The resulting graph shows data where the majority (three out of four, 75%) has had similar data either above (red) or below (green) the zero base. 100 % similarity is shown in black.
The resulting graph shows data where the majority (three out of four, 75%) has had similar data, either above (red) or below (green) the zero base. 100 % similarity is shown in black.

For this reason I computed the graph depicting the average raise or descent of A) all four test persons B) of the majority of 75% of the test persons which is shown in red and green. Therefore A) is a subset of B) and is marked in black on this image (white in the video).

Again the movie is boiled down into 2 minutes excepts, placed beside each other; one row representing 30 minutes of the movie.

Those 100% and 75% conformity results have been used in the “Citizen Kane in 2 minutes” movie. The overlay of green and red color is applied at the same rules as the prior published “Metropolis in 2 minutes”: high units above the average will tint the image in red, low units in green. This time the color is multiplied with the image, not overlayed.

The video takes the average threshold of the majority (75%) into account – again the image becomes tinted in green and red. Additionally the 100% subset of all four test users has been included as well. To distinguish both data visually, a hint for the 100% subset has been added in white. If one image shows a white frame: this means all viewers have reacted the same way, not only the majority. The graph below the timeline shows this subset in white as well.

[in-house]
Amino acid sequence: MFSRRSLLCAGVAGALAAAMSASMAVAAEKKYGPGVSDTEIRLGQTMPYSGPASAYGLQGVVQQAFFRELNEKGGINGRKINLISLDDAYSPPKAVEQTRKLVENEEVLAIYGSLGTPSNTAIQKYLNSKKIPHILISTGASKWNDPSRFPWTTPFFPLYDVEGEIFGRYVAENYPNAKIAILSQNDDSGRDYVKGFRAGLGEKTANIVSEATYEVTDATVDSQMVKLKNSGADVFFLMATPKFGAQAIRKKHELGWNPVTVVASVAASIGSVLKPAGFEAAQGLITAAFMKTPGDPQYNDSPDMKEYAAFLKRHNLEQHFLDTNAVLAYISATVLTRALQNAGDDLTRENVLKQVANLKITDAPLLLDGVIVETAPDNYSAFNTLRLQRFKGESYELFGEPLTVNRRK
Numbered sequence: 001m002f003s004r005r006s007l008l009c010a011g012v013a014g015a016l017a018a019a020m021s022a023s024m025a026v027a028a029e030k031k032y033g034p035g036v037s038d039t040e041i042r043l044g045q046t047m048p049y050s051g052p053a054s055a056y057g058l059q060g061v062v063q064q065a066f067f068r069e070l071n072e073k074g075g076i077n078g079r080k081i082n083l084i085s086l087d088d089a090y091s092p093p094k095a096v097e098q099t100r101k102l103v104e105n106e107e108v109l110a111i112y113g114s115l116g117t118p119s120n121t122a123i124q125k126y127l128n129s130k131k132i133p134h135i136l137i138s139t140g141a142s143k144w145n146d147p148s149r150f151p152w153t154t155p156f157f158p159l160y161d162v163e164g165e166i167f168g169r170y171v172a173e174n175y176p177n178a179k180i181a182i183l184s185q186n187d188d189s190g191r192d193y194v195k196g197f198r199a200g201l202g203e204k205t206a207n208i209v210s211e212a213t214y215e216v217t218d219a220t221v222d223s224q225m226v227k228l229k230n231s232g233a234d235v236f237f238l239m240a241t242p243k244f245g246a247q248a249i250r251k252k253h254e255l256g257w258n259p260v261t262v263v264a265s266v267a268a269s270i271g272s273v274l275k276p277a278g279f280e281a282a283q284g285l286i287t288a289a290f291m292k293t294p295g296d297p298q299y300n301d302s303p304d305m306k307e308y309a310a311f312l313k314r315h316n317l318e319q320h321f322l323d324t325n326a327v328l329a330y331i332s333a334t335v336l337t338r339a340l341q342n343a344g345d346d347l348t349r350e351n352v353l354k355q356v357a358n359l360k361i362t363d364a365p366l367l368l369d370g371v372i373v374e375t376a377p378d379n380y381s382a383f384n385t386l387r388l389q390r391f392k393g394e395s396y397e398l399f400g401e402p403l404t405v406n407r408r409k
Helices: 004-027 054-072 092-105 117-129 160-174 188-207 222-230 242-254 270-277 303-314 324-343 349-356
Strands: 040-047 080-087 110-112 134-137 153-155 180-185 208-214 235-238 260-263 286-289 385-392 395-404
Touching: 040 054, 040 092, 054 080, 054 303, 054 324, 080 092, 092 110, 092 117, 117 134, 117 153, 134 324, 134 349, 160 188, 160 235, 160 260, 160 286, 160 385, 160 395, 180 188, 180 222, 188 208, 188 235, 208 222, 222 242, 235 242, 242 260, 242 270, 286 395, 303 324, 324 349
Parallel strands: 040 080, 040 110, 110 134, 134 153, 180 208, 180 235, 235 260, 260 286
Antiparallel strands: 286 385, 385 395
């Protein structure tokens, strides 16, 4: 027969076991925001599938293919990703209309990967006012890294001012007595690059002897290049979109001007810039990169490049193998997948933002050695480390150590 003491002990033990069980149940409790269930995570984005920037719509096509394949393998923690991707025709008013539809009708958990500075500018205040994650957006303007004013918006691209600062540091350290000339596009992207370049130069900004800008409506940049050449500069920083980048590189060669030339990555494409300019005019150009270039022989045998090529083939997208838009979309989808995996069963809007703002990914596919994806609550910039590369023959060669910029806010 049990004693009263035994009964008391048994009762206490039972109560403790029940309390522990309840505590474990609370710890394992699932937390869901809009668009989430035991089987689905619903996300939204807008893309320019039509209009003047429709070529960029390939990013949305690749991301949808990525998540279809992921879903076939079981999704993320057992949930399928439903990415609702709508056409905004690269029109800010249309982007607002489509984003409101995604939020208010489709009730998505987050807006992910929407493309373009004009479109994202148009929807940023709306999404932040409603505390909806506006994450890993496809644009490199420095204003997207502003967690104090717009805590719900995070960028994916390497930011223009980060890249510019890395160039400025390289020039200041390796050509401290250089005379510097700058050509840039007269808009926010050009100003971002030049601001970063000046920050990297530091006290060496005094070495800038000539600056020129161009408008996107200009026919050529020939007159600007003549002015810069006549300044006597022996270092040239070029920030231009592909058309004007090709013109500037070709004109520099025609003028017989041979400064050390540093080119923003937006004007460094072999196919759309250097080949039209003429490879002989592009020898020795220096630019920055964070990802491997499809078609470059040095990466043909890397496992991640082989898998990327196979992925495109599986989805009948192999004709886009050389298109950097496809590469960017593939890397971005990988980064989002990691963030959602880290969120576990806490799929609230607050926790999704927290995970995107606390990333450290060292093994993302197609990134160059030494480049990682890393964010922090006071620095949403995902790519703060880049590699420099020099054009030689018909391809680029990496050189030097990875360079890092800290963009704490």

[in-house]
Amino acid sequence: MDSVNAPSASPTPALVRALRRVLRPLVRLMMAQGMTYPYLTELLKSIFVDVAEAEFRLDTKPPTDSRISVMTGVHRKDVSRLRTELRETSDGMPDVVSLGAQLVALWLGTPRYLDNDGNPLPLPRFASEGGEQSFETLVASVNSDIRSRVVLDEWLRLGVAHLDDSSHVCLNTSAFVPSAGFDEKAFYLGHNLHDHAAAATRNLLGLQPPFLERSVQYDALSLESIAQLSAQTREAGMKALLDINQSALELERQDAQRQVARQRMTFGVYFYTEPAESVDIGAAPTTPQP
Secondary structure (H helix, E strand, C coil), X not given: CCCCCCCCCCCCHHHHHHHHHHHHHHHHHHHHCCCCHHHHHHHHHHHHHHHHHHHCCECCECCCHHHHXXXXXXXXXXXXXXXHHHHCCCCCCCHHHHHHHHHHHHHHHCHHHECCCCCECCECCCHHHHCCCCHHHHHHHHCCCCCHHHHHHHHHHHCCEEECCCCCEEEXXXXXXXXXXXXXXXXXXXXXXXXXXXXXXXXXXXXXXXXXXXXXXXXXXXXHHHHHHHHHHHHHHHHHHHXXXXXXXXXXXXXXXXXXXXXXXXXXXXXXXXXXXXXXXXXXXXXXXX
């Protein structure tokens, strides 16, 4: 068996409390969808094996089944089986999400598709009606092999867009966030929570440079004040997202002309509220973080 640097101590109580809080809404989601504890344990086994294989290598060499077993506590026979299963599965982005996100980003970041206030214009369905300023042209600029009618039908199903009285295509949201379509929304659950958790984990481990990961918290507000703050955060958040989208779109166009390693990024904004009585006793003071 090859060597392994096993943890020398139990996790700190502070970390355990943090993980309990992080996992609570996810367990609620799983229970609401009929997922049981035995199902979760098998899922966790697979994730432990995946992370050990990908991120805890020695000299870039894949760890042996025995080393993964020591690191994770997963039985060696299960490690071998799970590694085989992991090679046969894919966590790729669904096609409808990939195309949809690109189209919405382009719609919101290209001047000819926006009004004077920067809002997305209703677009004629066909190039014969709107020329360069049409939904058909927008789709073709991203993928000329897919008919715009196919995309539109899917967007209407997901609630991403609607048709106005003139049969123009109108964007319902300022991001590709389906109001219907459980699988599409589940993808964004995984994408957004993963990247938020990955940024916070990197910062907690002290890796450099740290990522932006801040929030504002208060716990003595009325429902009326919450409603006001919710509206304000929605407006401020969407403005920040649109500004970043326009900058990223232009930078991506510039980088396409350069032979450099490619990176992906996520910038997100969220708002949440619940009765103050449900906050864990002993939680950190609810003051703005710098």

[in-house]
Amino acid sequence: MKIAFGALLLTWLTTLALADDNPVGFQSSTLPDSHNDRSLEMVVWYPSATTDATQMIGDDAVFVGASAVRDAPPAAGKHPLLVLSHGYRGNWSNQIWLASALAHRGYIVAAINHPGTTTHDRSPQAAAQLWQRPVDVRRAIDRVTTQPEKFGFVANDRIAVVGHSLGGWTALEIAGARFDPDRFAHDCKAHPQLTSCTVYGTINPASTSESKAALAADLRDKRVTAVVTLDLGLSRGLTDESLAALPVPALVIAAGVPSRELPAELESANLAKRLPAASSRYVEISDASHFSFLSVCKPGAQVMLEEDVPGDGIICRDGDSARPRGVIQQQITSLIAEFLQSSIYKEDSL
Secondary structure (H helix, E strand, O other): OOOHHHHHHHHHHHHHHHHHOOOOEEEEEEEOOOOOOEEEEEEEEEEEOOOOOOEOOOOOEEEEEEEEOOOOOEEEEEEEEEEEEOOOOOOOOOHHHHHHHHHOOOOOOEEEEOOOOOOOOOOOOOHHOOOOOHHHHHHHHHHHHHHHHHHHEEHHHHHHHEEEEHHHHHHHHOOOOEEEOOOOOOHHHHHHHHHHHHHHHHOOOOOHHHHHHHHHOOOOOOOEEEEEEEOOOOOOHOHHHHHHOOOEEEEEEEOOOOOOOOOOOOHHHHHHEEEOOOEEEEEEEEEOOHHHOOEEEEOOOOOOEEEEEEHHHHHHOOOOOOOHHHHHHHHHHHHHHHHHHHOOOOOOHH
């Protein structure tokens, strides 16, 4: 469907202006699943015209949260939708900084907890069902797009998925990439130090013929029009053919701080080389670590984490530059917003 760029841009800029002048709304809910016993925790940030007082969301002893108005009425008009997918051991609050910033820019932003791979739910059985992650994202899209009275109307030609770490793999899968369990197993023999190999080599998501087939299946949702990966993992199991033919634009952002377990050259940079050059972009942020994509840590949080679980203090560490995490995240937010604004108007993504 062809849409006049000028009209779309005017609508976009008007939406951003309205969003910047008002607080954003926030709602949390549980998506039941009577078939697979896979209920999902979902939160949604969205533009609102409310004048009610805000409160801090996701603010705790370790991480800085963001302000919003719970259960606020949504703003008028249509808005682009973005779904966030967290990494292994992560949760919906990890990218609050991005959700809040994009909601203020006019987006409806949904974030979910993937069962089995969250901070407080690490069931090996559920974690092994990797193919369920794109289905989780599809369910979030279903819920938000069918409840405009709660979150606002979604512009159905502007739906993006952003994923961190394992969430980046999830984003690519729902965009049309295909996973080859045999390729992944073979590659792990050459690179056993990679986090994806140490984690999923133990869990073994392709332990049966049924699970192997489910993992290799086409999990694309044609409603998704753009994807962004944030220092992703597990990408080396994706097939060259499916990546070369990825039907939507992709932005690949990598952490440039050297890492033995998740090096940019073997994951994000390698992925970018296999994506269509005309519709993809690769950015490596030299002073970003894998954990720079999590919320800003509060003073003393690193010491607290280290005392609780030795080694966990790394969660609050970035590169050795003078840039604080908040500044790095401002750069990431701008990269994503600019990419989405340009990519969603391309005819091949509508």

Please remember that this first multiple recording unfortunately is not complete approx. 13 minutes prior the movie ended. So “n” has changed from four to three persons at 1:39:12. There is always room for improvement. Any sugestions are welcome too! 

Metropolis · Fritz Lang · 1927

“Metropolis” · Lecture Record #1

This time I’d like to start to refer to movies which are important in film history and have a certain age. “Metropolis” is the mother of science fiction – besides the Georges Méliès Le voyage dans la lune” (1902!). Numerous experts have already debated about it’s value, impact and whatsoever outcome in vision, theme and cinematic morphology. One thing I find interesting myself is the fact that the author Thea van Harbou has had a different aim than the director Fritz Lang: I remember a statement on the extras of the restored version of Enno Patalas – Lang was mainly fond of the human-machine setting; of machines in general, whereas van Harbou focused the idealistic approach that the heart has a mediator function between hands and the mind.